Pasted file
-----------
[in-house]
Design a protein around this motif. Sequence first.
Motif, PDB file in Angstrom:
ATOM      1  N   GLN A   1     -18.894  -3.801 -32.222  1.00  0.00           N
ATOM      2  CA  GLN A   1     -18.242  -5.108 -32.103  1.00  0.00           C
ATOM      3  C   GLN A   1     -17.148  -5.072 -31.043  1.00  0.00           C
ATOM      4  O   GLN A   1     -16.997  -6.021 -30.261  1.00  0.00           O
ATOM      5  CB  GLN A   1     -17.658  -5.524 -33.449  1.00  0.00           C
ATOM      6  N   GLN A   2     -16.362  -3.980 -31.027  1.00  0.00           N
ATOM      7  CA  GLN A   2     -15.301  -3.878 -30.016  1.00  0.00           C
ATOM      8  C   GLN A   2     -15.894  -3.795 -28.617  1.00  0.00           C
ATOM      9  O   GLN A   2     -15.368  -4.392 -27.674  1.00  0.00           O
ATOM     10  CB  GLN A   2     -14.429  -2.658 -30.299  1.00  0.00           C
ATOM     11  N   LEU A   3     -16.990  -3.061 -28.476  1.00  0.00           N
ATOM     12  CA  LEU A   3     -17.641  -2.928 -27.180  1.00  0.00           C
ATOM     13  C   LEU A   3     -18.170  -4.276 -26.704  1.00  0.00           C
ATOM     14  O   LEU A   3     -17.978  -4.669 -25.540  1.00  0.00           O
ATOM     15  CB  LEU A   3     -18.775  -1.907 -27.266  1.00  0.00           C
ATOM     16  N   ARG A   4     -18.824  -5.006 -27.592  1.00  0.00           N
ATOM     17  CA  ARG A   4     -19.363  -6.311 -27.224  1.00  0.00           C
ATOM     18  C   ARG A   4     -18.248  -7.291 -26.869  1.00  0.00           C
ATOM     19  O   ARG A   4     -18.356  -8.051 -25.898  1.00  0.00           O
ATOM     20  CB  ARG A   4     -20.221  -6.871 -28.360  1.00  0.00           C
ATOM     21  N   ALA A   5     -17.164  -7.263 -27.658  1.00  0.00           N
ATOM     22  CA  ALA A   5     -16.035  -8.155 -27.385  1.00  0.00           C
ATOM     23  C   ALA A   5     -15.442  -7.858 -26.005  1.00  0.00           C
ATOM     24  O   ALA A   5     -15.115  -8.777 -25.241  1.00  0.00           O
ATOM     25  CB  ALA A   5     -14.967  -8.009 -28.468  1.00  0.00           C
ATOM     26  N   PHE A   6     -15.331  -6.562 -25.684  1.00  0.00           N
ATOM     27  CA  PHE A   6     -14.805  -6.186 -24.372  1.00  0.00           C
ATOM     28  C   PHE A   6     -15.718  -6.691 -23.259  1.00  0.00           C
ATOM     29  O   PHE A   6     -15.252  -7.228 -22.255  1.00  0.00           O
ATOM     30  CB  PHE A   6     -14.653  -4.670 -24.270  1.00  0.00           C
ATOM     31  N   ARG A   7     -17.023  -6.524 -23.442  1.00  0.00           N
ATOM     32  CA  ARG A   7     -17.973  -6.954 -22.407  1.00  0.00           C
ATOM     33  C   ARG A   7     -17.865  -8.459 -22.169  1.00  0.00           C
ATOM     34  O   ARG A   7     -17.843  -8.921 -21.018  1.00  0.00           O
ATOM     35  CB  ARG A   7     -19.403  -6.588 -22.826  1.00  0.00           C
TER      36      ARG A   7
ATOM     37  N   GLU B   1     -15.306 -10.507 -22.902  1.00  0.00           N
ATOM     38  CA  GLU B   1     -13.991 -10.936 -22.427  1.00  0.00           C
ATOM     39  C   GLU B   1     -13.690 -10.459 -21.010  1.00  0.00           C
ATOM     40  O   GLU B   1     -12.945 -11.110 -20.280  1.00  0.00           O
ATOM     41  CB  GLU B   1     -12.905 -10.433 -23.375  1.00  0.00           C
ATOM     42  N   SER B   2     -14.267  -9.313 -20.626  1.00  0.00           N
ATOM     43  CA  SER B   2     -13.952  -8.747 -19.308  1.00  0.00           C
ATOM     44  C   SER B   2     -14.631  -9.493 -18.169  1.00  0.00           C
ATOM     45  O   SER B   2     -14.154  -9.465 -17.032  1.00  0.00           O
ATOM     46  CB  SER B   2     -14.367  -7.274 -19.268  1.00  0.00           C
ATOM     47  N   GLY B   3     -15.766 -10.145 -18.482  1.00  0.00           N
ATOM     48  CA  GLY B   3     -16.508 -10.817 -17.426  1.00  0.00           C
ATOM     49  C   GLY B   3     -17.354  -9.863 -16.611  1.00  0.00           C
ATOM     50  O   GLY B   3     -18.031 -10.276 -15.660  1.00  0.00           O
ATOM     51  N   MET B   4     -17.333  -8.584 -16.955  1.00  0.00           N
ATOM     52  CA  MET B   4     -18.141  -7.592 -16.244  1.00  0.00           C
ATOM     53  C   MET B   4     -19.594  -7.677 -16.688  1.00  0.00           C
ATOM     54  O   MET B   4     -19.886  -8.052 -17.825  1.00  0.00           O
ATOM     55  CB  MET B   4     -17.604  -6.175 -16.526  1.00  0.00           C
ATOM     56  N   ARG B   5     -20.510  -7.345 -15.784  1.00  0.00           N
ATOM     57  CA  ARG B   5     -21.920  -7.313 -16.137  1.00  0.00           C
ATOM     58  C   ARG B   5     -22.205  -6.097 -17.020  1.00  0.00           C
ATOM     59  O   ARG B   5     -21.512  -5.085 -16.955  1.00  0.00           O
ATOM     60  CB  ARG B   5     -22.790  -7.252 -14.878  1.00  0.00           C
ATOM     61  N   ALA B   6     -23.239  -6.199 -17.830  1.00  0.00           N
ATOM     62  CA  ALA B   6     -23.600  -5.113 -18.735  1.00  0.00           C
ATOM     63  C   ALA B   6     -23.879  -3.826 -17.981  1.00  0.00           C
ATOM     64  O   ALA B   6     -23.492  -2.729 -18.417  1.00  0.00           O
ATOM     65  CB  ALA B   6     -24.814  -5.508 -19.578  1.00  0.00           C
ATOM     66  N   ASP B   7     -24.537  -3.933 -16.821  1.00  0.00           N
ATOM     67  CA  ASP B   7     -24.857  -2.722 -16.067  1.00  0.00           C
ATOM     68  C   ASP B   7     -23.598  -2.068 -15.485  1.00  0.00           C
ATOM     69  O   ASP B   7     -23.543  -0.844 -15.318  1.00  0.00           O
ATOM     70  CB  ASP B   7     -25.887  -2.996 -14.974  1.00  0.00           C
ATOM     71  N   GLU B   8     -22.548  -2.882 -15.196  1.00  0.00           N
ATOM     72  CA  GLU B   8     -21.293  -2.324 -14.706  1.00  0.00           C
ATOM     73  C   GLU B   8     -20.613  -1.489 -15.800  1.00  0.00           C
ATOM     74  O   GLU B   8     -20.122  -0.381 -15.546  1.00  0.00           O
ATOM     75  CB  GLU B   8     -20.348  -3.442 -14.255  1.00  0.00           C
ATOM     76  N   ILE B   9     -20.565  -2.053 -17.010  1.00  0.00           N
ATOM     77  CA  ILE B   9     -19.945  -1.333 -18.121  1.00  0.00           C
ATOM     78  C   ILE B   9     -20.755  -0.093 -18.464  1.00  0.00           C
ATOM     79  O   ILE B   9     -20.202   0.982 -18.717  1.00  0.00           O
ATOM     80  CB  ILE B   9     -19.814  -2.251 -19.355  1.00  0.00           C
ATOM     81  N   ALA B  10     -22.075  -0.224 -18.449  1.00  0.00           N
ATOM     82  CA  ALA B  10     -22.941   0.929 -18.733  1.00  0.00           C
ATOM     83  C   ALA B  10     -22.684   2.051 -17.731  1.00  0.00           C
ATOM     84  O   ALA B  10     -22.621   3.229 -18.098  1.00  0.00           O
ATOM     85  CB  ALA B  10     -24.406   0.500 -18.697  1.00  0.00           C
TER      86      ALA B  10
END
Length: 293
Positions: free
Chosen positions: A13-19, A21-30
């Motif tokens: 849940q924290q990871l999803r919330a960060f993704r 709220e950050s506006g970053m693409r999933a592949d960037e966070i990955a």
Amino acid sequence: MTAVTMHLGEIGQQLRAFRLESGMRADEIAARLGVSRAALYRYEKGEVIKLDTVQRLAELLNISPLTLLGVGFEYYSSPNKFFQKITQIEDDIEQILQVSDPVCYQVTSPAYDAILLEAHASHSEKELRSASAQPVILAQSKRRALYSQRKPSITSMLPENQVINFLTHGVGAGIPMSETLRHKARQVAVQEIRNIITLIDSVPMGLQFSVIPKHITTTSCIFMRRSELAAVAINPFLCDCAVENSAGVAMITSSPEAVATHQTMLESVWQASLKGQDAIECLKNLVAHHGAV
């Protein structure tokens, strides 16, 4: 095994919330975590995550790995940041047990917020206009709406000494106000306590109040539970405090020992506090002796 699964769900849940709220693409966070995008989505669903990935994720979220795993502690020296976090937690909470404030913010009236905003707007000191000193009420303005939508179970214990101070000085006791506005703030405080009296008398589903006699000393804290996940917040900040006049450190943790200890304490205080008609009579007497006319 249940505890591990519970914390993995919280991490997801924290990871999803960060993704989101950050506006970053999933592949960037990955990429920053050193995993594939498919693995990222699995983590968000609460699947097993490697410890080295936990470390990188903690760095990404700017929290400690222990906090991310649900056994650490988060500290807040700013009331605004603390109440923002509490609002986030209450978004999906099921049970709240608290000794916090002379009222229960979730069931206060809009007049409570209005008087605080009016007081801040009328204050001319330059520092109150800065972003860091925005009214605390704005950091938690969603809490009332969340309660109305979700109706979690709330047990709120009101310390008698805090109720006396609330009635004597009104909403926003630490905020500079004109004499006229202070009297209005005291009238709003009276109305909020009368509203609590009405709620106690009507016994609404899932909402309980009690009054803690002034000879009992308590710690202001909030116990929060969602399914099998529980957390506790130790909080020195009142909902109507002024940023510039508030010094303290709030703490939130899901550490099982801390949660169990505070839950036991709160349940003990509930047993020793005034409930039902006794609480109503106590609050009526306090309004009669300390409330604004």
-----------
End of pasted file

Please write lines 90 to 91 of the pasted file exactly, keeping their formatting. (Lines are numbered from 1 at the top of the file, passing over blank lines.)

END
Length: 293